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Boston University School of Law




The mandate of Title IX is equality in educational opportunities. If educational institutions could prevent sexual assaults from occurring, they would more fully ensure that students are not limited in their ability to benefit from the school’s educational programs. However, Title IX administration on college campuses still focuses far more on post-assault infrastructure than on assault prevention.

Yet with the ever-increasing particularity of the assault response requirements emanating from the Department of Education (“DOE”)2 and courts, Title IX jurisprudence has strayed too far from this basic purpose: to ensure that students in federally funding schools are not denied or limited in their ability to participate in or benefit from the school’s educational programs or activities on the basis of sex.3 To deliver on the promise of educational equality, preventing sexual assault is at least as important as responding to it. To offer educational opportunities equally is to offer educational environments that are as free of sexual assault as may be accomplished within the state of knowledge on sexual assault prevention. Yet Title IX today promises only a highly intentional and developed response to assault when it happens. It does little to motivate institutions to use the tools available to them to avoid assault from the outset. This essay explores three questions: first, is the DOE’s post-assault focus an intentional understanding of equality in education? Second, what does prevention look like? And third, can universities achieve it?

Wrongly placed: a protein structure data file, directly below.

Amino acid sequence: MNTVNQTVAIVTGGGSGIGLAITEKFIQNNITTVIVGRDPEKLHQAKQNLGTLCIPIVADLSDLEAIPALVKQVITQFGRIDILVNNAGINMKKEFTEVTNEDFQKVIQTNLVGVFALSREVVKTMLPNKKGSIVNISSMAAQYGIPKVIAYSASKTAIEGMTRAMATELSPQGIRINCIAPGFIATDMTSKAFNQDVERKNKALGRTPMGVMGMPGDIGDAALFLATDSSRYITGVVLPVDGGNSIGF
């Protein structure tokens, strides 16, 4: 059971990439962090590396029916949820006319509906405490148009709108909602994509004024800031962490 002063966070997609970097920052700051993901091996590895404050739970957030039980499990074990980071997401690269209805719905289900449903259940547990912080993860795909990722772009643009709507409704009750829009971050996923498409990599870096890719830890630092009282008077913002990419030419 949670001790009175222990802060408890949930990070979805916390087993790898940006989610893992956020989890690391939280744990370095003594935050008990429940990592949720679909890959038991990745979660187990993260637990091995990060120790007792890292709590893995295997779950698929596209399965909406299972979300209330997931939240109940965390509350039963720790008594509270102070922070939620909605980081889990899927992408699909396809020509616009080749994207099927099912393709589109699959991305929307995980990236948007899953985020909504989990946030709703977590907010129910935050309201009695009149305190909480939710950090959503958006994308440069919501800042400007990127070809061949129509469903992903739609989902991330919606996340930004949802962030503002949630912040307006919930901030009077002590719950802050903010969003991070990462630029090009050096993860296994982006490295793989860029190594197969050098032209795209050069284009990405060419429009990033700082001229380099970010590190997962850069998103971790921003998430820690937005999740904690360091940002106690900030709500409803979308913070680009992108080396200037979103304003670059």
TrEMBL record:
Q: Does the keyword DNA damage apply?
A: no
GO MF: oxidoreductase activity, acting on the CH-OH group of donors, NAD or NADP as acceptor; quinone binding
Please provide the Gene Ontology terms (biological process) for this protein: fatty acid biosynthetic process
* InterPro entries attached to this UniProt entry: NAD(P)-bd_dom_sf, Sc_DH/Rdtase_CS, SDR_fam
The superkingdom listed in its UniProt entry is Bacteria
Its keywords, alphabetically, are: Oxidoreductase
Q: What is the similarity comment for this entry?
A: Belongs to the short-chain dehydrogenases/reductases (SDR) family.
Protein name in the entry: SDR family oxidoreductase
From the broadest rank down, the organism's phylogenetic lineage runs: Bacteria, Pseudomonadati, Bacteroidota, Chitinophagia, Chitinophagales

Part of BU Law Review's Online Symposium: Title IX at 50: Learning from the Past & Looking to the Future

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